Top Advisors Corner

Gene Inger: The Inger Letter November 3, 2015


Extraordinary persistence - in the face of flagging momentum, carried stocks through most of the build-up to (most) mutual fund(s) fiscal year-end activity, which finished with a desired very late fade. This supports our overall view of an increasingly risky extension very much dominated by trading factors based on either fiscal-year-ends at the funds, or by twisting economic data to appear more favorable than it is. The bad news is good news idea's basically behind, in an era that's already seen disappointments at GDP and earnings estimates, that repeatedly come-in shy as forewarned; but get massaged 'as if' all is fine.

Wall Street mostly believes, even if they allow for a 'pause', that because we're past the FOMC and mostly earnings; not to mention a lower-than-they forecast Q3 GDP (we've warned of those excess estimates all year), that we're now 'in the clear', with the S&P able to launch into 'escape velocity' to new highs. Well anything is possible (though unlikely); while the only 'escape velocity' seen this week (sadly but predictably) has been a vanishing of thousands of 'refugees' from German camps or temporary housing, whether in Berlin or Munich.

Given the German Federal Government (can they be so naive?) allowed entry absent verifiable identity documentation, it's almost 'as if' they intended this to occur. I know it's not reported thusly; but the situation supports the Dollar, not Euro; though the risks go well beyond. (You know our view about Islamism as a thin veil of religion over a totalitarian ideology intent on dominating people as fully-integrating their lives into a cult that has zero tolerance of other religions, or even of secular Muslims nominally willing to assimilate in the West. No real religion or governance in modern times has been responsible for brutality like Islamism; hence the well-meaning ignorance toward this 'cult in religious drag' invites debacles similar to but potentially worse than Nazism or Marxism have brought in the last Century. This risks devastating social / economic impacts.)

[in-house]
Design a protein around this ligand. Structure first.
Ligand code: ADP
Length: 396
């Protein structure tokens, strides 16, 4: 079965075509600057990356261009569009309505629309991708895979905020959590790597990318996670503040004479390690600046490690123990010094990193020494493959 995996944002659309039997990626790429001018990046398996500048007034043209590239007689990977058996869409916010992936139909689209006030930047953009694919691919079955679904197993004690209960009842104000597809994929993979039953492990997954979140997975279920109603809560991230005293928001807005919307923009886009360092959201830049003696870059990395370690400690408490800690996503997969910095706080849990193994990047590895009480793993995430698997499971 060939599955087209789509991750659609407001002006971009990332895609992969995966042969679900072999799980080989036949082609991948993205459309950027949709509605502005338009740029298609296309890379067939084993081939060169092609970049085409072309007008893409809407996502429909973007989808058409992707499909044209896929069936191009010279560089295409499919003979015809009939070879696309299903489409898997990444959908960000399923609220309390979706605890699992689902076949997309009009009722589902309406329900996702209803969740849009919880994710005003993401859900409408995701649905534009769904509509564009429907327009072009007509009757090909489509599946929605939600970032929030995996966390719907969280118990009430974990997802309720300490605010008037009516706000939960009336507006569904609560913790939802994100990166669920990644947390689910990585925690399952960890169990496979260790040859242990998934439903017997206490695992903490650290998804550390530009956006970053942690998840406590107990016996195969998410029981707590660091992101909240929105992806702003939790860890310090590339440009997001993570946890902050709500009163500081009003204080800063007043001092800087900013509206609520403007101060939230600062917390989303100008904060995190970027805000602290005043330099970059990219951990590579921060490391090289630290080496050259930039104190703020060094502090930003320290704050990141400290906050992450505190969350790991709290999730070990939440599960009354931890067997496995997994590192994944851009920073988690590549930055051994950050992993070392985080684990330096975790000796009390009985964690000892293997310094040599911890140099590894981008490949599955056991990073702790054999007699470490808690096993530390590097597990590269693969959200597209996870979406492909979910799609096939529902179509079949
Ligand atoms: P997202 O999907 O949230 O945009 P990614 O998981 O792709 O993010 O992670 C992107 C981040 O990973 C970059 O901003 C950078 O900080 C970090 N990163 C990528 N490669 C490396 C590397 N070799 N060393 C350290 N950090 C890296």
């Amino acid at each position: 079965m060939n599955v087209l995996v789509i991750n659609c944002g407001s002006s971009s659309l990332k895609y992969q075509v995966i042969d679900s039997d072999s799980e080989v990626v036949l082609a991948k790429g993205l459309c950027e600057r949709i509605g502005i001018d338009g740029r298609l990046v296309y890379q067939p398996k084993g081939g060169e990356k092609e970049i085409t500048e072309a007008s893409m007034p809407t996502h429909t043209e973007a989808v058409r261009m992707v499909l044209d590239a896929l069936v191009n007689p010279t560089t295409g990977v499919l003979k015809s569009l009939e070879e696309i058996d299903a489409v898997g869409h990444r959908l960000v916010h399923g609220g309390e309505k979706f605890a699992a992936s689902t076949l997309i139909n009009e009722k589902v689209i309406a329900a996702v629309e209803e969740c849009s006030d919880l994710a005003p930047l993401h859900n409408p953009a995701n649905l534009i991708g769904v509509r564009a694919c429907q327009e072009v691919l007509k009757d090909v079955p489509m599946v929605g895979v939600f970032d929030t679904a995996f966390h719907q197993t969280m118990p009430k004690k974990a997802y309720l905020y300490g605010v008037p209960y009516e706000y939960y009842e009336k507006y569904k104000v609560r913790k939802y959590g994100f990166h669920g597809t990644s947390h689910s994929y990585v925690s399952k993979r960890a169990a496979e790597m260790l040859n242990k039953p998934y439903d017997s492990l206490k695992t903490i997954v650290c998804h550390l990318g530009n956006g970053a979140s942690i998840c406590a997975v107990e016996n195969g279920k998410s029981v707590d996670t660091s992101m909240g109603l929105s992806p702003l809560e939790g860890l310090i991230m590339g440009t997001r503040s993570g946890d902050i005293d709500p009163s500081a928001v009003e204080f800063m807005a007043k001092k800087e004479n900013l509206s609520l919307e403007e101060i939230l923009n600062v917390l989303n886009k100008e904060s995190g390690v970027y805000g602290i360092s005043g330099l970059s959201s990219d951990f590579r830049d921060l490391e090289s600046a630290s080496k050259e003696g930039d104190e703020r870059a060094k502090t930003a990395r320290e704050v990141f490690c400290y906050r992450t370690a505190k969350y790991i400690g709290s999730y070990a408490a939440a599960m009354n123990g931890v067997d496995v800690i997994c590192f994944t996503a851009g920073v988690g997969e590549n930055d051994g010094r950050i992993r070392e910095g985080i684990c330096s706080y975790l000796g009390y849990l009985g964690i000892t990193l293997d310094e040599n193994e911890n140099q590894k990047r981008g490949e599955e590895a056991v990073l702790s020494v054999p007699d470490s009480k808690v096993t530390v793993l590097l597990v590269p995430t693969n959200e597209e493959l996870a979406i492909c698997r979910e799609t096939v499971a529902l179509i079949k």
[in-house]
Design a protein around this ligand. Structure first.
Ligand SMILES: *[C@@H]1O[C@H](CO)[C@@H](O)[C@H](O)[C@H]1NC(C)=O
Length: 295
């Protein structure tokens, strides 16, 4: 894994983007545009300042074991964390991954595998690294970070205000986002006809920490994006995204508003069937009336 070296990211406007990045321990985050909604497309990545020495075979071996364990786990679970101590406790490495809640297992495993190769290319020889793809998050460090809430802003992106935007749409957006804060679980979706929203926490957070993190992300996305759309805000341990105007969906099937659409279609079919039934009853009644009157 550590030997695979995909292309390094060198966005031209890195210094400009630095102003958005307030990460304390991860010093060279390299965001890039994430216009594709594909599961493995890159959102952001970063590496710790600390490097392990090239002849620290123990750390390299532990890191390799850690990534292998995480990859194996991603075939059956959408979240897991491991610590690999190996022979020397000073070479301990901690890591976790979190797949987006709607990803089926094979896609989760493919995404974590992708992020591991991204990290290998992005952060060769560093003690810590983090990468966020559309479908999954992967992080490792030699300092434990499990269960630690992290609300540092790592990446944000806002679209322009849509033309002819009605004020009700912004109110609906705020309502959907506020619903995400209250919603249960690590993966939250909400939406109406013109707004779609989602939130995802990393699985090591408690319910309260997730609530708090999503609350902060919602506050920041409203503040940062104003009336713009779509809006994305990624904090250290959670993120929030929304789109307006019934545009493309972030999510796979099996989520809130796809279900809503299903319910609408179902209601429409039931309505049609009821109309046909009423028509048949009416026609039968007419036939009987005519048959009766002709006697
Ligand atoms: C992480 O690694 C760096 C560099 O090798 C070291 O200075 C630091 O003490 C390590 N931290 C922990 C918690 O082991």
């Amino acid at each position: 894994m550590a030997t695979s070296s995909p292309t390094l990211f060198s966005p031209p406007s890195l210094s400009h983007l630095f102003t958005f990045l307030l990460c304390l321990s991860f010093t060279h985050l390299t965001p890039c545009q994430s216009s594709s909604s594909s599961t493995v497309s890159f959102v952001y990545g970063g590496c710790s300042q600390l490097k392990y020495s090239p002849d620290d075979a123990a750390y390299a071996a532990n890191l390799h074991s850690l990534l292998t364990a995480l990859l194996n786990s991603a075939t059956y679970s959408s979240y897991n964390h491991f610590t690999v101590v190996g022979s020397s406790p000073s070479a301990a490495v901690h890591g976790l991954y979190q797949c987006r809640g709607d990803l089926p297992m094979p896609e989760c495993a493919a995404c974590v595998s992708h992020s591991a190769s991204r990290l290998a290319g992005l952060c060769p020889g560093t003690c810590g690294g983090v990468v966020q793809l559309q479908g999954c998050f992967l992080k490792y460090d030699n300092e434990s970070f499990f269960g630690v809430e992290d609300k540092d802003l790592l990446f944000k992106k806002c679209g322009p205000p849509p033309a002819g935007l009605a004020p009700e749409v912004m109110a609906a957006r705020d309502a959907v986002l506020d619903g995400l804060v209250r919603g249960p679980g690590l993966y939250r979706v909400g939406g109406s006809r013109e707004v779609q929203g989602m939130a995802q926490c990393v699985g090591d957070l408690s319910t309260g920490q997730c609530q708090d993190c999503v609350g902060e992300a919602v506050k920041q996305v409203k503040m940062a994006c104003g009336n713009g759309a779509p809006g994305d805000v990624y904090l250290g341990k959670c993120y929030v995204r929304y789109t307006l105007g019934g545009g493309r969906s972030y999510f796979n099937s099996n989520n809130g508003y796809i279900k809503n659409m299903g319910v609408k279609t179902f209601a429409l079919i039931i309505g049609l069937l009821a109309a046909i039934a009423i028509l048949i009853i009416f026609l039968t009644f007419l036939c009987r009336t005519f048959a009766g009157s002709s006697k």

Now (many charts and analysis reserved for subscribing members); warning last week was a momentum thrust based largely on a response to the ECB 'gap-up rally', presumably running all stops (especially NASDAQ), I suspected we had to deal with this pattern to satiate fund managers eager to mark-up shares ahead of the end of (most of) their fiscal year-ends, which for sure was more pertinent that simply the month-end.

Basically November is in a more precarious state because October was strong (far more so than expected, and that's not bullish). Our bullish case for a firmer year-end rally rested (changes and implications of how it evolves or members).

The bullish global case is underpinned by belief that global monetarists honed their skills sufficiently to stabilize markets, economics, and avert systemic risk. I might point out; they've always believed that to be the case, before, it seems, all crisis points and liquidity crisis encounters of the past.